An upwind-weighted finite-element model is presented for the analysis of non-boiling hot dry rock geothermal systems. The model accommodates the essential mechanisms of permeability enhancement or degradation resulting from injection of fluid at a temperature different from ambient. The effects of induced thermal strains and fluid pressures in conditioning both normal and shear displacements in an ubiquitously jointed continuum are accommodated. The mass is idealized as a blocky assemblage where diffusive-advective energy transport in the fracture system is augmented by transient heat supply from intact rock blocks. The true transient nature of both energy supply from the blocks to the percolating fluid and the development of thermal strains within the medium are determined analytically. The local assumption of full lateral restraint coupled with analytical representation of thermal strains renders the nonlinear initial-value problem fully defined in terms of the two dependent variables of fluid pressure and fluid temperature only. Subject to these assumptions, complete fluid-pressure and fluid-temperature histories of large, thermally stimulated reservoirs may be determined effectively and efficiently. Results are presented for both single point injection and dual point injection-withdrawal scenarios to illustrate the possible scope of the method.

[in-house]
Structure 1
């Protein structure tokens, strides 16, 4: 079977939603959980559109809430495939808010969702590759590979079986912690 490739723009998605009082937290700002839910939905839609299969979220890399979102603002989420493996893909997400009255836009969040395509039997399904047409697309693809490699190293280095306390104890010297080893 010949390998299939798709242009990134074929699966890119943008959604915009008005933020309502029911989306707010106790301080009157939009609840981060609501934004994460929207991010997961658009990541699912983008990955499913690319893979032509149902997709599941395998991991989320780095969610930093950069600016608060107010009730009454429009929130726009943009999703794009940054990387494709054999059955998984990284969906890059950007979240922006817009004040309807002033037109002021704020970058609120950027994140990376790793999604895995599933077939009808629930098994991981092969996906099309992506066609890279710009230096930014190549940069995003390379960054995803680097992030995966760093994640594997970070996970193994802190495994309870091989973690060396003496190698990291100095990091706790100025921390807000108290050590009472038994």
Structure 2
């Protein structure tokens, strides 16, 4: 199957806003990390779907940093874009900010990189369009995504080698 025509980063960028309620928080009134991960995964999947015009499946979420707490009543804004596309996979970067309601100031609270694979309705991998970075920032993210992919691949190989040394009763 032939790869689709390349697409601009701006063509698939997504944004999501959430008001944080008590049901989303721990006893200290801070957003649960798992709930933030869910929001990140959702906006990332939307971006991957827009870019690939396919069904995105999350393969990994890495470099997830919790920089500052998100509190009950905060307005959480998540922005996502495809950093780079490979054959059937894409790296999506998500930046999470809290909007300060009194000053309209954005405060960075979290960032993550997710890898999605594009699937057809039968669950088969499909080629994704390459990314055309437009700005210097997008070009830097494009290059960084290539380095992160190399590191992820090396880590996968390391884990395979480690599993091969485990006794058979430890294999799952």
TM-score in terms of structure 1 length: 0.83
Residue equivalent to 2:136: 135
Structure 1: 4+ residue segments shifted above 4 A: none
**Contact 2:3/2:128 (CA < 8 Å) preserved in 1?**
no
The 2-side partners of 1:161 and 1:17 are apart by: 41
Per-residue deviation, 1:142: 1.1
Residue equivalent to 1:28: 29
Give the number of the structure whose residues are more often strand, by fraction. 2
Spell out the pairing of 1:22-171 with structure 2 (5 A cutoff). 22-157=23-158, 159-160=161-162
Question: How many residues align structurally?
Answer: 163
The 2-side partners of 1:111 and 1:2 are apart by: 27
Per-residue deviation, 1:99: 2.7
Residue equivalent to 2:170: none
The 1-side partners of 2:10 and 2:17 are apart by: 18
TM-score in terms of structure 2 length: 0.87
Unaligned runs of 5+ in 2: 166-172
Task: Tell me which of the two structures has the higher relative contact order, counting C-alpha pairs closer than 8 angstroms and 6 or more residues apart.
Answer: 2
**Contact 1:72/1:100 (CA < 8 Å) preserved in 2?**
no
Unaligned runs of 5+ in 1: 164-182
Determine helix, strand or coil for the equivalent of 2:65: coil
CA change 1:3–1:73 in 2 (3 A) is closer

All Science Journal Classification (ASJC) codes
- Renewable Energy, Sustainability and the Environment
- Geotechnical Engineering and Engineering Geology